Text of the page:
• a motion has been made for a new trial [R17.04] (see Ch.13, s.8 "Trial: New Trial").
The clerk shall distribute the first payment 30 days after it is received by the clerk, and thereafter as received [R20.08(20.1)].

However, where more than one creditor has requested and been issued garnishments against the same debtor, any payments received shall be distributed equally (ie. arithmetically divided by the number of creditors, NOT pro rata) amongst those creditors [R20.08(10)].

When the full amount owing under an order that is being enforced by garnishment is paid, the creditor shall immediately serve a Notice of Termination of Garnishment on the garnishee, and on the clerk [R20.08(20.2)]:

Form 20R: Notice of Termination of Garnishment

. Disputing Garnishment

Where the garnishment involves debts that have been assigned (ie. sold), encumbered(ie. put up as security), or co-owned by the debtor with other/s (ie. owed by the garnishee to the debtor and other/s jointly), procedures get complicated. Read the following very carefully.

Where the monies owed to the debtor are owned jointly by the debtor and one or more co-owners, then the one-half of the debt owed to the debtor - or such other amount as the court may order - may be garnished [R20.08(2)]. In this case the creditor should not seek more than this proportion of the debt as it will likely lead to problems.

Where however a garnishee disputes the garnishment or pays less than the amount they are alleged to owe the debtor (as stated in the Notice of Garnishment) because the garnishee's debt is co-owned by the debtor and other/s, they shall file with the court a "Garnishee's Statement" within 10 days after being served with the Notice of Garnishment - and serve the Garnishee's Statement on both the creditor and the debtor [R20.08(13)]. A Garnishee's Statement should explain the circumstances of the underpayment or the reasons for the dispute [R20.08(11)(12)].

Form 20F: Garnishee's Statement

If a creditor is served with a Garnishee's Statement alleging that the debt is co-owned by the debtor and one or more co-owners, then the creditor so served shall serve any co-owner/s of the debt a "Notice to Co-Owner of Debt" and a copy of the "Garnishee's Statement" [R20.08(14)].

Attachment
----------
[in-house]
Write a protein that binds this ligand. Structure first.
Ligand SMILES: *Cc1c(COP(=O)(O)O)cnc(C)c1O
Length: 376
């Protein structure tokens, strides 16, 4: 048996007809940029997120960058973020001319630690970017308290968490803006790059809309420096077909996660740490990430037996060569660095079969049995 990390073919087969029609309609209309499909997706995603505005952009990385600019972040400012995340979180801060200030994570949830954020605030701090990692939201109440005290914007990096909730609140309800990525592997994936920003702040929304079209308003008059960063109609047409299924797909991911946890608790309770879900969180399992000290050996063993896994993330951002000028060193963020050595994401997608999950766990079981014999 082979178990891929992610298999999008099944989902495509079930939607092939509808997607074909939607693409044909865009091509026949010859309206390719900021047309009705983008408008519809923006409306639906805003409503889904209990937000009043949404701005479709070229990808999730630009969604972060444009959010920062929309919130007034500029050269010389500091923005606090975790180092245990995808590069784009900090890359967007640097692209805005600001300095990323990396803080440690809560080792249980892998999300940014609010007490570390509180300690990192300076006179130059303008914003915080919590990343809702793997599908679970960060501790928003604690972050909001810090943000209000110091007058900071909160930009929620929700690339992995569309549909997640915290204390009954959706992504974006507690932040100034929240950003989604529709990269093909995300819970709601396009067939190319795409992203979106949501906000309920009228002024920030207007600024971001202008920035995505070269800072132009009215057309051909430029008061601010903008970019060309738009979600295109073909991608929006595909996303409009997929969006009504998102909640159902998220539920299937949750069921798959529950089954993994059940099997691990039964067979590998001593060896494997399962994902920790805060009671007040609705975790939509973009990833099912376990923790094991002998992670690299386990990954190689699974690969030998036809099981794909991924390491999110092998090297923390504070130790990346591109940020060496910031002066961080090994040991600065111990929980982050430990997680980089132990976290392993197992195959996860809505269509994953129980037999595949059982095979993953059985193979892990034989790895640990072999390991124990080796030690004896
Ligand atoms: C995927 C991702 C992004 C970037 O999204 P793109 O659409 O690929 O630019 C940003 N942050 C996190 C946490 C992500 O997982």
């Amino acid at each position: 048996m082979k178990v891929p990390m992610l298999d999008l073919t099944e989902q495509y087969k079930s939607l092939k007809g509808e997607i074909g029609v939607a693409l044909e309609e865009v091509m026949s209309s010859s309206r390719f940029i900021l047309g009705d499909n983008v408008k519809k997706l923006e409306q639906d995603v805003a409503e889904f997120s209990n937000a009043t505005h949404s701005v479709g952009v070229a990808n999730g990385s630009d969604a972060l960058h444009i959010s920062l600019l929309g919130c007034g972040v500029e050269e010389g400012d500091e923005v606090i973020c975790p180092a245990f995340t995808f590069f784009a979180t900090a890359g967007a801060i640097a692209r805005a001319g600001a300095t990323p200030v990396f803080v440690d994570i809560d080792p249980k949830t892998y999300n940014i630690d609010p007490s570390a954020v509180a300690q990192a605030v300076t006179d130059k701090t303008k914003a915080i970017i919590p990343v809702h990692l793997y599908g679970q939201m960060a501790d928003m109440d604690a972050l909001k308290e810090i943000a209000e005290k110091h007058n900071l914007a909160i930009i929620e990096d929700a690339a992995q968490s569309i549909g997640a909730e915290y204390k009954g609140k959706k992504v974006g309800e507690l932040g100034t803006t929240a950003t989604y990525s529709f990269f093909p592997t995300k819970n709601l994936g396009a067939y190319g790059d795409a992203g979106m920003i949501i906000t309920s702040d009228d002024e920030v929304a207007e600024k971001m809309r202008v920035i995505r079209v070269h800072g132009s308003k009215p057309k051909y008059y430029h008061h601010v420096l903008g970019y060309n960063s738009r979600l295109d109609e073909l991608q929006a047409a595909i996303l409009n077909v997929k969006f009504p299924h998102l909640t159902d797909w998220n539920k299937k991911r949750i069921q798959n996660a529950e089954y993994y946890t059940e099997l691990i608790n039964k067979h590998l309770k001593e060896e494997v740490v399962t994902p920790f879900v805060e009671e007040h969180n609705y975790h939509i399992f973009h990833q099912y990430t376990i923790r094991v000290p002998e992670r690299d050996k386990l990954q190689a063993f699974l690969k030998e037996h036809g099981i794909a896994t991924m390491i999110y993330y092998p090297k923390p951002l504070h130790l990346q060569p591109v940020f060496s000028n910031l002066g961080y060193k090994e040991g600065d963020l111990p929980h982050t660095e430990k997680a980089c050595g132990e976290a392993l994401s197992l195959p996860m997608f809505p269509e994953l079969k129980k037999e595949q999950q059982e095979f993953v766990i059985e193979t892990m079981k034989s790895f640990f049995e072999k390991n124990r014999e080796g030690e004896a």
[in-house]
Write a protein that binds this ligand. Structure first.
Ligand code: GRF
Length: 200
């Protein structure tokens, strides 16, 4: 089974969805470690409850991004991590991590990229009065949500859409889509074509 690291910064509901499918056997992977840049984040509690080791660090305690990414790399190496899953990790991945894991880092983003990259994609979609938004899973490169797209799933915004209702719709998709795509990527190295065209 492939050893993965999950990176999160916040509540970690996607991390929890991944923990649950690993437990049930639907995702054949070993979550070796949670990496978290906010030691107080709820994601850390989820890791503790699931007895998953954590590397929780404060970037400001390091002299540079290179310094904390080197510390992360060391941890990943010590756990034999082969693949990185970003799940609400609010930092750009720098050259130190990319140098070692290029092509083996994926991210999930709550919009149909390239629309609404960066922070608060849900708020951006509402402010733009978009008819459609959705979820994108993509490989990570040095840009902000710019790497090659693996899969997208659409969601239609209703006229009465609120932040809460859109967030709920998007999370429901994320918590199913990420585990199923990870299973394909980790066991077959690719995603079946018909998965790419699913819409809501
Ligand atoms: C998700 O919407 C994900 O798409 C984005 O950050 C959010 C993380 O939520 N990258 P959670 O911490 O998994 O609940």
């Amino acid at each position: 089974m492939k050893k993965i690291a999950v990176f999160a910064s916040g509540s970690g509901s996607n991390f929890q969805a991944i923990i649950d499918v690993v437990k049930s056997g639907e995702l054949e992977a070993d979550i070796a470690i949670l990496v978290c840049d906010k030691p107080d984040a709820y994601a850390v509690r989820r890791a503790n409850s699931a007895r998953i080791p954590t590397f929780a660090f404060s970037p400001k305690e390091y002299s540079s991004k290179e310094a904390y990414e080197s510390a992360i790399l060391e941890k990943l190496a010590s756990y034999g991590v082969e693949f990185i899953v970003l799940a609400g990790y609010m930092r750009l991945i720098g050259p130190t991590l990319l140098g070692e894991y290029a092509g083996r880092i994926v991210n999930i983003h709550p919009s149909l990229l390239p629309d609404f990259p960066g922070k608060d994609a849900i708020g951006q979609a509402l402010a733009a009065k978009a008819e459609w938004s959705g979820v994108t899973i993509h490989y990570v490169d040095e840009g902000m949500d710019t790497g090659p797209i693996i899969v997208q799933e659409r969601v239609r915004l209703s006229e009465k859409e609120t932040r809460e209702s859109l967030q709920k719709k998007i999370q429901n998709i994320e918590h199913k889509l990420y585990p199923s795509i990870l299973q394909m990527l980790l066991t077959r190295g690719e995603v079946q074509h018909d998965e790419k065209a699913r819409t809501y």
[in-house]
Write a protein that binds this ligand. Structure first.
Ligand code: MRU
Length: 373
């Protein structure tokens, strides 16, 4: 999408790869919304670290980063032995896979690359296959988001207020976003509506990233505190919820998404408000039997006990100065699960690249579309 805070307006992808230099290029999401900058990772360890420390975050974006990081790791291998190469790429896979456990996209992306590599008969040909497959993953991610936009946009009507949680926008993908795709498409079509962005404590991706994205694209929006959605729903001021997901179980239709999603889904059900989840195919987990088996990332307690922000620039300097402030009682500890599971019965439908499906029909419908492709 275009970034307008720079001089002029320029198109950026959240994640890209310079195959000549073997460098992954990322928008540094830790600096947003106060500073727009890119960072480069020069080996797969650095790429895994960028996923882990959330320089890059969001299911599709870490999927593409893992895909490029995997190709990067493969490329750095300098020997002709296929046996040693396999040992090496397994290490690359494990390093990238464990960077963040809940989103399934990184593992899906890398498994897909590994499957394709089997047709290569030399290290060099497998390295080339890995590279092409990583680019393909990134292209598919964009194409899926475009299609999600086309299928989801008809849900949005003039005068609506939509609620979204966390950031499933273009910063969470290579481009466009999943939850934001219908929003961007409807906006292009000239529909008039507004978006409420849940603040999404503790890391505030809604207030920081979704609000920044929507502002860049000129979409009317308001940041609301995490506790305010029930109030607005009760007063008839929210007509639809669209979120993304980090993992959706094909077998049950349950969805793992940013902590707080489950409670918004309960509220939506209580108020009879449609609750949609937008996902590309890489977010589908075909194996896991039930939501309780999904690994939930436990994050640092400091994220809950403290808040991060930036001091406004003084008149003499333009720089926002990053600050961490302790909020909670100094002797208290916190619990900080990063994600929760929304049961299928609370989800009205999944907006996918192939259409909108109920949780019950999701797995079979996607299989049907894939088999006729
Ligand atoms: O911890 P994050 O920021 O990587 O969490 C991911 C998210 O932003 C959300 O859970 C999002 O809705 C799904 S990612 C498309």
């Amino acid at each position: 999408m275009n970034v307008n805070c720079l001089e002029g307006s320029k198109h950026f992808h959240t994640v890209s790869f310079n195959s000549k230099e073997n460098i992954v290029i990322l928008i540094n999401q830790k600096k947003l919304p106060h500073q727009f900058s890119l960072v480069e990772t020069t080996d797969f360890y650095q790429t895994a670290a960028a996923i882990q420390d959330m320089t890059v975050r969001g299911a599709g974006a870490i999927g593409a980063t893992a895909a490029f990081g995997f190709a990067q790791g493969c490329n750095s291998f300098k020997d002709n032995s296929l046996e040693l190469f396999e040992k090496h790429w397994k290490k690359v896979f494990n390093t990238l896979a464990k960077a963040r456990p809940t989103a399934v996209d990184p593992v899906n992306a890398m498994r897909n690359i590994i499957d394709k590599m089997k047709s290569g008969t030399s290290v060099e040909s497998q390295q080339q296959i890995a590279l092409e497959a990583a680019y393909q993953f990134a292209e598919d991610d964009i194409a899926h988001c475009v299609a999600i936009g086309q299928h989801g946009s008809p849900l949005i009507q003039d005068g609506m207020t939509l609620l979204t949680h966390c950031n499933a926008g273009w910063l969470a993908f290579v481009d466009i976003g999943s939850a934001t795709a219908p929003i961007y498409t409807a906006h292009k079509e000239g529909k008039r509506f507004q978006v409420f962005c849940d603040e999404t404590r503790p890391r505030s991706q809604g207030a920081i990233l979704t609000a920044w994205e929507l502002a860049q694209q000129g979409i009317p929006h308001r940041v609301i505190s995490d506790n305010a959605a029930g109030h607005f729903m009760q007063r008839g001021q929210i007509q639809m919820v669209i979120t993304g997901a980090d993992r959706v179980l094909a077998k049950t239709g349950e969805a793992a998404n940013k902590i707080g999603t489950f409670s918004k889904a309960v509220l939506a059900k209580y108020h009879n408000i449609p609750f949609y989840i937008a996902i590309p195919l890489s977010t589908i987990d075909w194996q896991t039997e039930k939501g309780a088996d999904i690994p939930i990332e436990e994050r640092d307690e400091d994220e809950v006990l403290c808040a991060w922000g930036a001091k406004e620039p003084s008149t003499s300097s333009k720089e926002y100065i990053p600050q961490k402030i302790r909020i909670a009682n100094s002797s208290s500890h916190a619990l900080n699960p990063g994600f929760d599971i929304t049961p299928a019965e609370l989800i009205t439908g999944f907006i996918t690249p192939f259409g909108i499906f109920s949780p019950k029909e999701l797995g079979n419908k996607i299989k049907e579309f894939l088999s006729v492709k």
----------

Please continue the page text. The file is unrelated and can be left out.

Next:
Form 20G: Notice to Co-Owner of Debt

Where a "Notice to Co-Owner of Debt" has been served, and no dispute has been made by way of a request for a Garnishment Hearing within 30 days (see below), a payment made under the garnishment of a co-owned debt to the clerk may only be paid out to the creditor if they file, within a FURTHER 30 days after the expiry of the time for requesting a Garnishment Hearing [R20.08(21)]:
  • proof of service of the Notice to Co-owner of Debt; and

  • an affidavit stating that the creditor believes that no co-owner of the debt is a "person under disability", and the grounds for the belief. (to explain this term, see the chapter: "Parties"). If the person swearing such affidavit does not have direct knowledge of the status of the co-owner of the debt, then they may swear as to their "information and belief, if the source of the information and the fact of the belief are specified in the affidavit." [R20.08(22)]
Failing this, the monies paid over will be returned to the garnishee by the clerk [R20.08(23)].

Got that? I told you to pay attention.

. Garnishment Hearing

To resolve complications that arise where the debt alleged to be owed to the debtor is co-owned, assigned (eg. sold to a third party and thus no longer the 'property' of the debtor) or encumbered (eg. put up as security by the debtor for a loan, and thus subject to the interests of the lender) the court can conduct a Garnishment Hearing.

The creditor, debtor, garnishee, co-owner of debt, or any other person with a legal interest may "request" the court to hold a Garnishment Hearing [R20.08(15)]. A person served with a "Notice to Co-Owner of Debt" must make this request within 30 days after service of such notice [R20.08(16)].

On such request, the clerk will provide the requesting party with a time and place for the Garnishment Hearing, who must then complete and serve Form 20Q: Notices of Garnishment Hearings on the creditor, debtor, garnishee, co-owner of debt (if any), and any other interested person [R20.08(15.1); R8.01(9)]. For acceptable manners of service see Ch.6 "Service of Documents".

At a Garnishment Hearing the court may [R20.08(15.2)]: